Helga’s post #17 — I hope you are a tennis fan, watching the Australian Open on TV this week.
Tennis? Why am I watching TV when I should be writing? With only 12 days to the deadline? With a novel half-finished at best?
There are only so many hours I can spend at the computer. After that, my brain seizes up. The words refuse to flow. Enough.
So back to tennis. Even if you don’t watch it, chances are you heard the story anyway. Something unbelievable happened on Wednesday. Since I started writing this post, there has been a media frenzy around the event. You might have been more than a little astonished, or gobsmacked (depending on who you are rooting for), at what unfolded in the women’s quarterfinals. And yes, it does have something to do with writing. Because there is a lesson in it for all of us new writers. First, here’s what happened.
An incredible upset!
A teenager who had never been past the fourth round in a Grand Slam tournament beat the best player of her generation.
What was supposed to be a learning experience against one of the greatest tennis players in history turned instead into one of the bigger surprises in tennis history as 19-year-old Sloane Stephens introduced herself to a global audience by rallying to defeat her 31-year-old American elder, Serena Williams.
I loved watching that game and its outcome. It was like a fresh wind blowing over Rod Laver Arena when young Sloane burst on the scene. I almost didn’t watch the game because of its foregone conclusion that Serena would win. I had gotten bored of seeing the queen of tennis rack up the victories (and prize-money) over and over. In fairness, Serena did battle a back problem, which might have opened up some opportunities for Stephens. (Scant excuse though for gamesmanship of smashing her racket to smithereens.)
In an interview Stephens said she felt good about her chances before the match began.
“Last night I was thinking about it,” she said. “And someone asked me, ‘Do you think you can win?’ And I was like, ‘Yeah, I think so.’ But I wasn’t too clear about it, and this morning when I got up I was like, ‘Dude, you can do this. Go out and play and do your best.”
And so she did. And went on to victory with grace and modesty. By Wednesday afternoon, she was busy fielding text messages and monitoring her growing number of Twitter followers shortly after the upset.
“It was 17,000, and now I have 35,000,” she said with a grin (it rose to over 58,000 a few hours later).
As an aside, I am hoping we’ll see a parallel in men’s tennis. It’s badly needed. Novak Djokovic, in spite, or rather because of his excellent technical skills, holds no surprise. His attitude has fans leaving in droves (more on that if you Google Djokovic Images.)
And what does this have to do with writing?
I think there are two lessons here:
First, it refutes the myth that underdogs can’t succeed. Never say ‘I can’t do it. There are so many excellent established authors out there, I will never be able to write and sell a book with all that fame and popularity.’
Secondly, the public welcomes newcomers. They keep tennis interesting. And new authors do the same for the book industry. Readers want new stories, new voices.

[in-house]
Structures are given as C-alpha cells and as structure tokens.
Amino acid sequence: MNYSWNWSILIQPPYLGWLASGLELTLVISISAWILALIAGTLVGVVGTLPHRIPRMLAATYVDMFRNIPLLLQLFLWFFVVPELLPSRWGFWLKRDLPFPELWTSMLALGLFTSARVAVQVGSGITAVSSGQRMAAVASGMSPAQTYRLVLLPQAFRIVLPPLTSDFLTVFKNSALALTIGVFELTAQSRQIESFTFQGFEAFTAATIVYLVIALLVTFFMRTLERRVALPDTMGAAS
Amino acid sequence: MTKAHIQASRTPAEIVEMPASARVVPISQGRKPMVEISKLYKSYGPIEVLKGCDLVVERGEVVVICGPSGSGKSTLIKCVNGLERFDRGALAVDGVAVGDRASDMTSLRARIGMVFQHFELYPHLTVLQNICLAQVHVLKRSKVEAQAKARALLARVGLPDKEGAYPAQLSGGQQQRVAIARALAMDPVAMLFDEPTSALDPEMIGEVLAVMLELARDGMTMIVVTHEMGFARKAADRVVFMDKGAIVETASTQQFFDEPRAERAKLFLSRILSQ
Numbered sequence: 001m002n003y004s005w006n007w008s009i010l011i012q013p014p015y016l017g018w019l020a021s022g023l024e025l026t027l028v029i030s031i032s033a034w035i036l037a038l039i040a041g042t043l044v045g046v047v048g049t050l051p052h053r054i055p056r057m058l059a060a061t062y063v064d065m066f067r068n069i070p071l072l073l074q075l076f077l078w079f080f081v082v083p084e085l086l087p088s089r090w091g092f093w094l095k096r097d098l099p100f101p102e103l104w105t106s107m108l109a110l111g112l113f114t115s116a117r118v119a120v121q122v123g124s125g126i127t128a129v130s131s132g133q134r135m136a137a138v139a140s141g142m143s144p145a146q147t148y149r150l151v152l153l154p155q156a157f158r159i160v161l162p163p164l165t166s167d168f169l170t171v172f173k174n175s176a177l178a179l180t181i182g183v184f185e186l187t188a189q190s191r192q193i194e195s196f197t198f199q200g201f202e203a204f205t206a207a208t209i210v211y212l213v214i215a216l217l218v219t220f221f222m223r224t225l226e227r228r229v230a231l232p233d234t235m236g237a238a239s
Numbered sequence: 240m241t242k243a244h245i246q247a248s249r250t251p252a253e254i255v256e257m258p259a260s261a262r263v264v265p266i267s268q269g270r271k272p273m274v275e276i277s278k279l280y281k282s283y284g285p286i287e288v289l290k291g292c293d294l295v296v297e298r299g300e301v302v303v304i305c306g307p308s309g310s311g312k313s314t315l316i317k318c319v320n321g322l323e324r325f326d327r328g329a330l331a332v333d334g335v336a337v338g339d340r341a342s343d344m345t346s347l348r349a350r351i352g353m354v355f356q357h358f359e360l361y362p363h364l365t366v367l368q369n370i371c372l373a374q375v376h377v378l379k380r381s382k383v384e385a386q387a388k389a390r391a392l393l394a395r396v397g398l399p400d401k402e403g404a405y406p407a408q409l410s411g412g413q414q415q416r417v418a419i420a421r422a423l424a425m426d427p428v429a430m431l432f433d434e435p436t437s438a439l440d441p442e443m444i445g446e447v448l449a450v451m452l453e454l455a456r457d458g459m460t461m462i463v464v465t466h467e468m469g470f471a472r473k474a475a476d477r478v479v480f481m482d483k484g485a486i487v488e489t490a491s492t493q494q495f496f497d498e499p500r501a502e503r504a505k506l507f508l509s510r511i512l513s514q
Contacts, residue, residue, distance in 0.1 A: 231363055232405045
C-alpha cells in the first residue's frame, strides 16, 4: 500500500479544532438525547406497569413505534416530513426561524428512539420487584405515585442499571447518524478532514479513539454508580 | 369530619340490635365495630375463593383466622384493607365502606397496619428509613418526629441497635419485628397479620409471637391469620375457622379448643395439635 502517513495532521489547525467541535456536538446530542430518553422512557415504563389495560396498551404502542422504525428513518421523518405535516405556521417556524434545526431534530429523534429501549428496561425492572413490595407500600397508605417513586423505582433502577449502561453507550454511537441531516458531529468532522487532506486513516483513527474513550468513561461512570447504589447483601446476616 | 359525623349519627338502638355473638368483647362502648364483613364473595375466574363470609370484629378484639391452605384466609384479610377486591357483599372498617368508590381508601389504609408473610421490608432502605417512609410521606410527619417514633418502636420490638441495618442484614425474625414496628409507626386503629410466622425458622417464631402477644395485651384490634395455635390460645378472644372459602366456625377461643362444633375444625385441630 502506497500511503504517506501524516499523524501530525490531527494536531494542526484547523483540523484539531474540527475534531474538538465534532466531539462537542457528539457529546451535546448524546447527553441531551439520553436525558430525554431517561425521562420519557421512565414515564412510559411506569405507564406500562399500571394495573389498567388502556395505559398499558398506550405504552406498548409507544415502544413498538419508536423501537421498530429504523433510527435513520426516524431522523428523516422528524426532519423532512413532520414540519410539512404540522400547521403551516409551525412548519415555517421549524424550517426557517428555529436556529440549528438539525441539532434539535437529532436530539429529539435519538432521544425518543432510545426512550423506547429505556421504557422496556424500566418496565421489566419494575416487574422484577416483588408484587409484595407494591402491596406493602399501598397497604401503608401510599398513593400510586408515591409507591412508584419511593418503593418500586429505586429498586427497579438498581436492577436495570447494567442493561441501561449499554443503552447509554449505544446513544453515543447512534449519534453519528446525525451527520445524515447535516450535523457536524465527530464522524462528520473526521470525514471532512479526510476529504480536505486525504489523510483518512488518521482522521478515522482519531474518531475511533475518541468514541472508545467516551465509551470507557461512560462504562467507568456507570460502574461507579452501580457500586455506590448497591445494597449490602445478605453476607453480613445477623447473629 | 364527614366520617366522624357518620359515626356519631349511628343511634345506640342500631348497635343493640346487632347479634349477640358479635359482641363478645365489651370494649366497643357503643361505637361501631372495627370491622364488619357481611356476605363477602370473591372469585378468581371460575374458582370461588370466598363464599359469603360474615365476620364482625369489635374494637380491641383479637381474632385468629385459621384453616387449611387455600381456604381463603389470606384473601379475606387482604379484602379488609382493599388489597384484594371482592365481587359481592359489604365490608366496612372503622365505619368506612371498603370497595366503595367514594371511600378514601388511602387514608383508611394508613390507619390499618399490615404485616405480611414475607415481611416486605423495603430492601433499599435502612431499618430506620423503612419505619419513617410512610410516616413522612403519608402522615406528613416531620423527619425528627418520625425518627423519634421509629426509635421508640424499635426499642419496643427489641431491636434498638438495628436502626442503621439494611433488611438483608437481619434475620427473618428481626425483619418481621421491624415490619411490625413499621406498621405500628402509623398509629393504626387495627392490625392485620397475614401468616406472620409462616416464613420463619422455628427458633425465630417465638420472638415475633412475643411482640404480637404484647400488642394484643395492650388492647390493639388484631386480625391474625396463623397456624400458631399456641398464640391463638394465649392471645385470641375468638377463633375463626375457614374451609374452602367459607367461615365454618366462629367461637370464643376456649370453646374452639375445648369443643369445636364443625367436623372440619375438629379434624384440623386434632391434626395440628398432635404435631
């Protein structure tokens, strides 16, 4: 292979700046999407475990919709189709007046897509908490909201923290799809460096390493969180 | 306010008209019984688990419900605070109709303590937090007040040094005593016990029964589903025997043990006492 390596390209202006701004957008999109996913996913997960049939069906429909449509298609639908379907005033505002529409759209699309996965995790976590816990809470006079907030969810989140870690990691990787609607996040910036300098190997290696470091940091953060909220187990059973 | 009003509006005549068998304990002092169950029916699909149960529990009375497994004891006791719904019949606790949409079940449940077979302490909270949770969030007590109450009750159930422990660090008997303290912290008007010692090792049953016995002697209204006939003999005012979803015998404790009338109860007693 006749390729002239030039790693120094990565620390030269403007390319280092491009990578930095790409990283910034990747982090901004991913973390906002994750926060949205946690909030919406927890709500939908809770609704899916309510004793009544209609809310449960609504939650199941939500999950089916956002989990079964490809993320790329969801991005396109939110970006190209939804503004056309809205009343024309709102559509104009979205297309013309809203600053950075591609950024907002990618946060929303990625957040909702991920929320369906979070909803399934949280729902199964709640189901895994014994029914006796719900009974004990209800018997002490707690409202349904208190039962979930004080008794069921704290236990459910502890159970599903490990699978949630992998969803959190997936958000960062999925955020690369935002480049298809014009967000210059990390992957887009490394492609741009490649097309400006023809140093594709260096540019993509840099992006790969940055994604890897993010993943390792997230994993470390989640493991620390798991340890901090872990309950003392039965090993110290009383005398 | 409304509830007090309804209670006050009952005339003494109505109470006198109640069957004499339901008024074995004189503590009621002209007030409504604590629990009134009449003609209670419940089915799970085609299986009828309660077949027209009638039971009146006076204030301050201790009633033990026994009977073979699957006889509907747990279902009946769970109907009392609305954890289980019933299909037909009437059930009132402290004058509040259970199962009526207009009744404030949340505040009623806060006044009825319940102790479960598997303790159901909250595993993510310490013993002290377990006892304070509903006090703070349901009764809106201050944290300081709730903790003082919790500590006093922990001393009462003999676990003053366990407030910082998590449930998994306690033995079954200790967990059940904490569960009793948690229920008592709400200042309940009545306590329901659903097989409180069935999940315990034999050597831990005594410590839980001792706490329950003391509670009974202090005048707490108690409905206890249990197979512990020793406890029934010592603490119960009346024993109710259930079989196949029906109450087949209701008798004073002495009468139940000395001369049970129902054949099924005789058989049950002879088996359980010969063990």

Think about it: How many novels do you read one after another, from the same author? Sure we all have our favorites. I love reading Stephen King, and Lee Child, and so many others. But if I would read too many in succession, I’d start to suffer from author-fatigue.
Am I the only one who feels this way? I believe not. I hope not. Because if readers in general are on the lookout for new stories written by yet unhyped authors, then we, the unsung heroes of the writing world will have a chance to succeed. Readers will take a chance with us if they believe we’ll give them a good read. There is plenty of room at the top.
Not to detract from the talent of these authors, but who would honestly want to read 80 James Patterson or Dean Koontz novels? Or the 200 plus by Nora Roberts? The list goes on.
Back to new writers: Looking at the Stephens interview above, we can easily exchange ‘writing’ for winning and playing and we get a powerful tool for success. Tennis is a mind game. Success depends on attitude. So does writing. I know that if I am in a funk I can’t write. That damn screen will stay blank, no matter how hard I try, no matter how often I open the fridge in search of another snack. To make matters worse, I might tell myself in my darkest moments, what’s the point writing when it looks like there are more writers than readers?
But if I can shake the misery out of my head and change my attitude, the words fly from the keyboard. The world is whole again and I feel I can do anything. And it shows in the writing.
So here’s my new mantra: ‘Dude, you can do this. Go and write and do your best.’ Well, if a 19-year old can depose the reigning champion, those words should bode well for me too.
As for our online challenge, regardless of how far we’ve come by February 5: what we, the 5 intrepid writers have worked on so diligently over the last five months will not be in vain. Because, as venerable author Philip Pullman once said:
“After nourishment, shelter and companionship, stories are the thing we need most in the world.”
So let’s weave them some stories!